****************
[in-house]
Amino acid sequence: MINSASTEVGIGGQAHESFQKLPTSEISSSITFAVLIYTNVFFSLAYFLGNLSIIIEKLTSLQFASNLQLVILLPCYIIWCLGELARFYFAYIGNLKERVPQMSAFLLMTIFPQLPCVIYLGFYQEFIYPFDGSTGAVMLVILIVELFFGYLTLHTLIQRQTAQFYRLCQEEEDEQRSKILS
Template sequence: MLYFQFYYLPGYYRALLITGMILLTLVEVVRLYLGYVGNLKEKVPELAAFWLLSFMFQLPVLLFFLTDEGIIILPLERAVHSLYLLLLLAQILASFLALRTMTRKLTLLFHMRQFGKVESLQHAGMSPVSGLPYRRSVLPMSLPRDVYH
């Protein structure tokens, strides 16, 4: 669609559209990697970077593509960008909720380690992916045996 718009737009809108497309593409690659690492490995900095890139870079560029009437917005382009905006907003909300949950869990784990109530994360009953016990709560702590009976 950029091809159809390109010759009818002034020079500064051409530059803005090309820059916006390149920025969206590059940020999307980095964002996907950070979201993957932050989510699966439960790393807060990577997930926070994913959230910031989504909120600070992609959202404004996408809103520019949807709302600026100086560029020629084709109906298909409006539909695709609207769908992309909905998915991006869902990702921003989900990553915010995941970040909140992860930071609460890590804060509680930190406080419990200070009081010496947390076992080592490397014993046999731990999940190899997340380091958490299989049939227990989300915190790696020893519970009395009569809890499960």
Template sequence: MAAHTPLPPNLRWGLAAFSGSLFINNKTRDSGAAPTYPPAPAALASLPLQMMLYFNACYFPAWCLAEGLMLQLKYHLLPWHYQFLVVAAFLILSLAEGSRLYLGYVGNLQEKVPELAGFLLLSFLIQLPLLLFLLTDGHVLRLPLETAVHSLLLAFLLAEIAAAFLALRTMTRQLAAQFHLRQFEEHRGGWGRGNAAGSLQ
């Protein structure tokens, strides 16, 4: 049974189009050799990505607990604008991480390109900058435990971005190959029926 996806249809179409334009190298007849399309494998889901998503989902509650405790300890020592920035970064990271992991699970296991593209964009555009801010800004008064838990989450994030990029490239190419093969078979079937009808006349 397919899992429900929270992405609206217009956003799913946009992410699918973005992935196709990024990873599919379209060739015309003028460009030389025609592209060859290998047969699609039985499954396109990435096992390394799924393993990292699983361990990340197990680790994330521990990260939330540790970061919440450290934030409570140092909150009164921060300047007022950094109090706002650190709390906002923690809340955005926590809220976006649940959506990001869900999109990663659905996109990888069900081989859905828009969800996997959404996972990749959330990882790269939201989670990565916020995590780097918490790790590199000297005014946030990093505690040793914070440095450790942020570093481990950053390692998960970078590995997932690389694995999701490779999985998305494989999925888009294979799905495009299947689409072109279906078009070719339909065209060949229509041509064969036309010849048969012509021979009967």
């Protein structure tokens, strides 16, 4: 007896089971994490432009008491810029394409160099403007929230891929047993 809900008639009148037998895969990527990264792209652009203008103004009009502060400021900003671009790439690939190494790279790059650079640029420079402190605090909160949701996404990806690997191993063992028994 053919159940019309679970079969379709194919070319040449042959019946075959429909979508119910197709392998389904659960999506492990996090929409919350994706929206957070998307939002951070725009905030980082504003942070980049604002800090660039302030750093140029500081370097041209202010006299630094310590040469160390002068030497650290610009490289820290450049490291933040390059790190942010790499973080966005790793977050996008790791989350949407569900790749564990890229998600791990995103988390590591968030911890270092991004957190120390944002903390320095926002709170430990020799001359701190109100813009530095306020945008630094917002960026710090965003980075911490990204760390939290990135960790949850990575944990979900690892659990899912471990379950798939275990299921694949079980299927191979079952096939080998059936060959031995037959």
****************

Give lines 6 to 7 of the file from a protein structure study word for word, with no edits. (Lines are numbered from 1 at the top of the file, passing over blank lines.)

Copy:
């Protein structure tokens, strides 16, 4: 049974189009050799990505607990604008991480390109900058435990971005190959029926 996806249809179409334009190298007849399309494998889901998503989902509650405790300890020592920035970064990271992991699970296991593209964009555009801010800004008064838990989450994030990029490239190419093969078979079937009808006349 397919899992429900929270992405609206217009956003799913946009992410699918973005992935196709990024990873599919379209060739015309003028460009030389025609592209060859290998047969699609039985499954396109990435096992390394799924393993990292699983361990990340197990680790994330521990990260939330540790970061919440450290934030409570140092909150009164921060300047007022950094109090706002650190709390906002923690809340955005926590809220976006649940959506990001869900999109990663659905996109990888069900081989859905828009969800996997959404996972990749959330990882790269939201989670990565916020995590780097918490790790590199000297005014946030990093505690040793914070440095450790942020570093481990950053390692998960970078590995997932690389694995999701490779999985998305494989999925888009294979799905495009299947689409072109279906078009070719339909065209060949229509041509064969036309010849048969012509021979009967």
């Protein structure tokens, strides 16, 4: 007896089971994490432009008491810029394409160099403007929230891929047993 809900008639009148037998895969990527990264792209652009203008103004009009502060400021900003671009790439690939190494790279790059650079640029420079402190605090909160949701996404990806690997191993063992028994 053919159940019309679970079969379709194919070319040449042959019946075959429909979508119910197709392998389904659960999506492990996090929409919350994706929206957070998307939002951070725009905030980082504003942070980049604002800090660039302030750093140029500081370097041209202010006299630094310590040469160390002068030497650290610009490289820290450049490291933040390059790190942010790499973080966005790793977050996008790791989350949407569900790749564990890229998600791990995103988390590591968030911890270092991004957190120390944002903390320095926002709170430990020799001359701190109100813009530095306020945008630094917002960026710090965003980075911490990204760390939290990135960790949850990575944990979900690892659990899912471990379950798939275990299921694949079980299927191979079952096939080998059936060959031995037959």